Wisconsin farmers waiting to see impact of trade agreements on industry

cows in field

WESTBY, Wis. (WKBT)– Wisconsin farmers are considering what new international trade agreements could mean for the struggling industry. Looking at Wisconsin, its three top export markets are Canada, China and Mexico.

President Donald Trump signed off on the US-Mexico-Canada agreement Wednesday, and phase one of an agreement with China earlier this month. After years of back and forth trade wars, the President and some agriculture groups are taking this as a win. But others are more cautious as they wait to see how this trickles down to family farms.

“Canada will finally provide greater access for American dairy,” said Trump, following a signing ceremony.

According to the U.S. International Trade Commission, the agreement would increase dairy exports by $227 million to Canada. Both the report and the president for the Wisconsin Farmers Union, Darin Von Ruden, said that’s a small gain.

“They just simply don’t have enough population in Canada to take care of the excess milk and dairy products we’re producing in the United States,” said Von Ruden.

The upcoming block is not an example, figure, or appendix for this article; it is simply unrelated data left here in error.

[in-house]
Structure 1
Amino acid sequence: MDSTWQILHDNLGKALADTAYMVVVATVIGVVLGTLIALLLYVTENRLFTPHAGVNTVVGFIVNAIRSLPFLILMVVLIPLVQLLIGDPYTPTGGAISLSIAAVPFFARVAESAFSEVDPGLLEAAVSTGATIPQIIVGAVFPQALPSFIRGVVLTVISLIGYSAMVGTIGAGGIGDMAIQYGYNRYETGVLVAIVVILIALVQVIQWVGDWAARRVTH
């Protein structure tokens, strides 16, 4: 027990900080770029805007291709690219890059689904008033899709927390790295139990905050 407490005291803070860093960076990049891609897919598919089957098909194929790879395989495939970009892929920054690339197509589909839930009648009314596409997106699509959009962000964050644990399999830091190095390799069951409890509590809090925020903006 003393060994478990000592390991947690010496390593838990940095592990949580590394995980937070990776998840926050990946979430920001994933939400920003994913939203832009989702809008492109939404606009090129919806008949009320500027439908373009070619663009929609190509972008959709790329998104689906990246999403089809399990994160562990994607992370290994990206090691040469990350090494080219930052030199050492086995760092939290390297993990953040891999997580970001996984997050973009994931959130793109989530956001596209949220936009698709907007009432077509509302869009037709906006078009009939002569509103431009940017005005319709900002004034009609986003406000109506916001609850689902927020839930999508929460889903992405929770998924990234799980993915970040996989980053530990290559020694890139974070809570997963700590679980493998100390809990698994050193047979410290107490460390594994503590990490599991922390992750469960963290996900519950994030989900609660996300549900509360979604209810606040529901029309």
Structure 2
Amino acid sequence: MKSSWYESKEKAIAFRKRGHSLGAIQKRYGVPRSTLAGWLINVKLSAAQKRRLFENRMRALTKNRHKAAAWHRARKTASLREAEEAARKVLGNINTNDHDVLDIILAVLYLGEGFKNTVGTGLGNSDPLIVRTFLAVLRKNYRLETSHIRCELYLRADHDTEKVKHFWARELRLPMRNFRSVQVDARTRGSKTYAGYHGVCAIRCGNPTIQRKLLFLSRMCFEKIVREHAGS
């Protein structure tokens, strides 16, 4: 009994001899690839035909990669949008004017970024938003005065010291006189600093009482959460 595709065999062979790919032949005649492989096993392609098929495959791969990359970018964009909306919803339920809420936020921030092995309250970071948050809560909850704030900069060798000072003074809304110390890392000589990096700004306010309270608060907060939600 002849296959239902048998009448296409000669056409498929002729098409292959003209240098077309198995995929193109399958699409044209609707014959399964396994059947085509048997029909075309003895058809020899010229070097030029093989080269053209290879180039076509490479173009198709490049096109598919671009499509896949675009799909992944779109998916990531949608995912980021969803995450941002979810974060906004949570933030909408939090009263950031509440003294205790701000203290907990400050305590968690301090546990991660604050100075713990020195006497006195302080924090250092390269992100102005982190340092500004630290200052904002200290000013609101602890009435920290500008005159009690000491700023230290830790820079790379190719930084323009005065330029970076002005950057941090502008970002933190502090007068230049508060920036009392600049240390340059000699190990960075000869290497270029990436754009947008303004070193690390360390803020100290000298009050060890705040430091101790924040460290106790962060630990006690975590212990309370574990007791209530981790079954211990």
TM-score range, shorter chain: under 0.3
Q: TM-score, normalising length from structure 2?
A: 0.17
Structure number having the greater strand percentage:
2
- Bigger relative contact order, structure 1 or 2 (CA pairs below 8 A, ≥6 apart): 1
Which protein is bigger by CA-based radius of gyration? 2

As for the agreement with China, the Trump administration said China will buy $40 billion a year in agriculture products.

“Negotiations were tough, honest, open and respectful leading us to this really incredible breakthrough,” President Trump said, during a signing ceremony.

But the biggest year of US agriculture exports to China was in 2013, with $29.4 billion in exports.

“Having them get to that $40 billion mark just seems unreasonable,” Von Ruden said.

Farmers do have the capability to meet these goals, especially if they increased the price of the products. But if prices suddenly went up on things like soybeans or corn, Chinese consumers would likely not buy them.

And, Von Ruden says the impact of the deal could be minimal, as china has other international partners that they relied on during the back and forth on tariffs.

“They’ve got good relationships with them now,” Von Ruden said.

Overall, Von Ruden said it was good to renegotiate the trade deals. But looking at some of the components, there isn’t that big of a change and a lot that has yet to be seen.

Wisconsin Representative Ron Kind is weighing in on the USMCA agreement. Kind said in a statement that he looks forward to working with trade allies to continue advancing a North American economy that creates good-paying jobs.

“Now that USMCA is finally signed into law, my colleagues and I must get to work on reasserting Congress’s role over tariff policy and giving our farmers the true relief they deserve – relief from the Administration’s dangerous tariffs,” said Kind, in a press release.

Citing a report from the Congressional Budget Office, Kind said the tariffs will have a larger negative impact compared to gains from the USMCA.